The short answer is “no”. In “The War Games” (1969) the Doctor, obliged to regenerate, turns down several new bodies offered to him by the Time Lords including - seemingly - that of a black man; “The Doctor’s Wife” (2011) confirms that Time Lords can change gender when they regenerate. Yet, come the new Doctor Who season, the new Doctor will be another in the solid phalanx of (admittedly talented) white males who have ruled the roost in the console room since 1963.
|Potential Doctor: Sophie Okonedo, one of the country's most magnificent|
actors. Deserves to be a Dame, or better still, the Doctor!
Yet the excuse that a white male actor is “so talented” is wearing a bit thin. It ignores the fact that this tiny, damp little island is awash with outstanding female and ethnic minority actors who could pilot the Tardis with quite as much acting prowess as their white male counterparts. Three of this blogger’s favourites for stints as the Doctor would be Sophie Okonedo, Suranne Jones and Sacha Dhawan, and here they are looking marvellous in old-fashioned, Doctor-style get-up. And they are far from being the only British non-white and women thespians who could wield the sonic screwdriver with panache.
So why another white man? If we see the Doctor as a political leader, as he surely is, then the conservatism of the show runner and production team in casting the new incumbent reflects the cultural politics of British society. Thus women form the majority of the population yet only one in five legislators in the United Kingdom Parliament is a woman. Some 18% of British subjects are non-white but only 4% of MPs. The Cabinet is 18 men and 3 women: only one is ethnic-minority. And the discrimination in British politics is mirrored in British society as a whole. White men run the country so white men run the Tardis.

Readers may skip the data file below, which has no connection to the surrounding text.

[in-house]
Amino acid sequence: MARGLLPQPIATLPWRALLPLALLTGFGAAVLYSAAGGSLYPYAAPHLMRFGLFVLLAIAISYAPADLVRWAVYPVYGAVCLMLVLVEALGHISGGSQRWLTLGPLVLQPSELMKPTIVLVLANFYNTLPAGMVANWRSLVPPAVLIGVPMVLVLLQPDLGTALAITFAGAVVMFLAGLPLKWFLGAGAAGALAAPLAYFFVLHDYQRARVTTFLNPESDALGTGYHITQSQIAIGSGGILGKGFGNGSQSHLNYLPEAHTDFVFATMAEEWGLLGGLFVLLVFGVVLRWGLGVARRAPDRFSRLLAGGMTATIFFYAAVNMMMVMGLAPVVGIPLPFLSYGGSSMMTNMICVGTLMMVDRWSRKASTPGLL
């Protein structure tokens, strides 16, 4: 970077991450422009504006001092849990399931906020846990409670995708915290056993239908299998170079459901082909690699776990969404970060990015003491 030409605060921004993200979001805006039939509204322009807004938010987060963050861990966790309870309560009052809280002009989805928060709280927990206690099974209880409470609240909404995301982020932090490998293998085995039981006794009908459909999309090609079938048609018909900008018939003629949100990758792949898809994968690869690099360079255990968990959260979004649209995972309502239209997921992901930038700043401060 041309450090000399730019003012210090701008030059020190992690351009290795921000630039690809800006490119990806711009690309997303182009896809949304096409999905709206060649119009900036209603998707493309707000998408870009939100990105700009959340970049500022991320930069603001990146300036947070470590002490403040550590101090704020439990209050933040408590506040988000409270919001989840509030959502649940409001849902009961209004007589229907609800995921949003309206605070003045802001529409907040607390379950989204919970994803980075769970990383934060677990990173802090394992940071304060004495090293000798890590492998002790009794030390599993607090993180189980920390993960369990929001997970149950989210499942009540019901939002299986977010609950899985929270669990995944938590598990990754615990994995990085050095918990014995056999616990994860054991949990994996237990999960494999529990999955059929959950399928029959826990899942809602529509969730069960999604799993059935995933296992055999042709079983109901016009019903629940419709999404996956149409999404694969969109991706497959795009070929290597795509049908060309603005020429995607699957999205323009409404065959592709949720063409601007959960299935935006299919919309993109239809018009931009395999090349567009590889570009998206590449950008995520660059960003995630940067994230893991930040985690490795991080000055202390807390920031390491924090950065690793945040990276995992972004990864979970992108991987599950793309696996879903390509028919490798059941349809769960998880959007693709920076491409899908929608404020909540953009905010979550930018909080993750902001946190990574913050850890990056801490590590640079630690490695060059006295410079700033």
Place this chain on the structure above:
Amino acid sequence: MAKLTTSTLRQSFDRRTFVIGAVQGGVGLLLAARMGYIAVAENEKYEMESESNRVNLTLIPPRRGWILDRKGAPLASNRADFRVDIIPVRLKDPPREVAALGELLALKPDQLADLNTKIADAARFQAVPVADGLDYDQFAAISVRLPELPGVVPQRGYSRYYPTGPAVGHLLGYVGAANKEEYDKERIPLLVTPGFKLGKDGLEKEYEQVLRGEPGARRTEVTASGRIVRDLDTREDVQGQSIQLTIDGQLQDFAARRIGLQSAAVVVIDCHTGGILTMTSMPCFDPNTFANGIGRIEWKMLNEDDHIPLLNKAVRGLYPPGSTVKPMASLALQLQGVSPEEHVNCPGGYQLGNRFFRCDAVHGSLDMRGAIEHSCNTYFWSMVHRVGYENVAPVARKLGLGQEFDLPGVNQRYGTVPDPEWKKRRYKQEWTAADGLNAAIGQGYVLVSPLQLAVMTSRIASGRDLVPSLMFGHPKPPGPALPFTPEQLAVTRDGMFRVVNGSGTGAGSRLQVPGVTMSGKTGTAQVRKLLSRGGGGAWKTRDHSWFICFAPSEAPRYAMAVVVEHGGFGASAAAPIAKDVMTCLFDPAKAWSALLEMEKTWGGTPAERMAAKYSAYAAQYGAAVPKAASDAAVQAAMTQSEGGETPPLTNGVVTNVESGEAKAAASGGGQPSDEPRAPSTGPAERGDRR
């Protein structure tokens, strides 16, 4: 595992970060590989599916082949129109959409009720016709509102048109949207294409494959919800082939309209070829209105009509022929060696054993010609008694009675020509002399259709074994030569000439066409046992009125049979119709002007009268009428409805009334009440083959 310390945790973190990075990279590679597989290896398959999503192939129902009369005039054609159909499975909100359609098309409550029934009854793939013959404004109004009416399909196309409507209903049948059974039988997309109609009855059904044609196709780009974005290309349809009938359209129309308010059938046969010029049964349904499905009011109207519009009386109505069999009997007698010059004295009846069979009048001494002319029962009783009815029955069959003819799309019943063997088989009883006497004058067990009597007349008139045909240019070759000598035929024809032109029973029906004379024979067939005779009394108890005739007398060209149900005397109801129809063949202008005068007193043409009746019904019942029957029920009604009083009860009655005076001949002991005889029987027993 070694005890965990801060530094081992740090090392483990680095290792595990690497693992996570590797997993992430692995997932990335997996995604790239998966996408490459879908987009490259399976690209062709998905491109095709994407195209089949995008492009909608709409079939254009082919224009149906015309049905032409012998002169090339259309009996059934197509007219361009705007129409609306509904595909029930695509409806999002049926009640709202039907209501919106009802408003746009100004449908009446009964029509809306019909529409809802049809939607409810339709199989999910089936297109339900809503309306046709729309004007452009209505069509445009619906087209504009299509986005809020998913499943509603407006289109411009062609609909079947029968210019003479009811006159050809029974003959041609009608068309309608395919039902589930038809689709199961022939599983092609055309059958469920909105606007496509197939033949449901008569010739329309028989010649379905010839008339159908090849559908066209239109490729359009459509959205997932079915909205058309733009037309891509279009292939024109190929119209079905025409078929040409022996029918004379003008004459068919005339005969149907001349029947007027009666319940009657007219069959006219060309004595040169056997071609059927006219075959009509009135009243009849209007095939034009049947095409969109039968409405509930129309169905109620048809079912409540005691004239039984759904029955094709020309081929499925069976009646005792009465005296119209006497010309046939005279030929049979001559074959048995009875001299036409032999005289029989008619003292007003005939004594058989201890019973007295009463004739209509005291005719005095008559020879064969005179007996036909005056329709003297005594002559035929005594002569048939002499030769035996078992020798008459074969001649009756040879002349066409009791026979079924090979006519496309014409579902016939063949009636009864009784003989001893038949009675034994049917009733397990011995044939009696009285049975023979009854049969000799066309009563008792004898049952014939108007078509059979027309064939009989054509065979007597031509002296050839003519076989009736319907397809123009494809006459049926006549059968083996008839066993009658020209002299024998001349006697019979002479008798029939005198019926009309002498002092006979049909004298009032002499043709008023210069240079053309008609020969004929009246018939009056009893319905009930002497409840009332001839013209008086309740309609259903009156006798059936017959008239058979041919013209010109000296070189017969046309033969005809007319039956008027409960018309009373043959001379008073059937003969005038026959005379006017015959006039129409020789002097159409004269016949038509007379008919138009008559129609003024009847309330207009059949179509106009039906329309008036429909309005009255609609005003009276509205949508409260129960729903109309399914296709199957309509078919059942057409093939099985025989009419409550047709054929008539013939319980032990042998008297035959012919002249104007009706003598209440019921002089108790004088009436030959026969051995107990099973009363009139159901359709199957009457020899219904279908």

Yet in the population at large, white men are decidedly in the minority. Thus the unwritten rule banning women and ethnic minorities from playing the Doctor is increasingly undermining the show’s aim of representing Britishness. It may be too late this time around, but breaking the white-male monopoly on portraying the Doctor would serve as a splendid demonstration of the inclusivity of British national identity.
|Potential Doctor: Being offbeat and quirky is second nature to Suranne|
Jones. Could this be her as the Doctor in a remake of "The War Games"?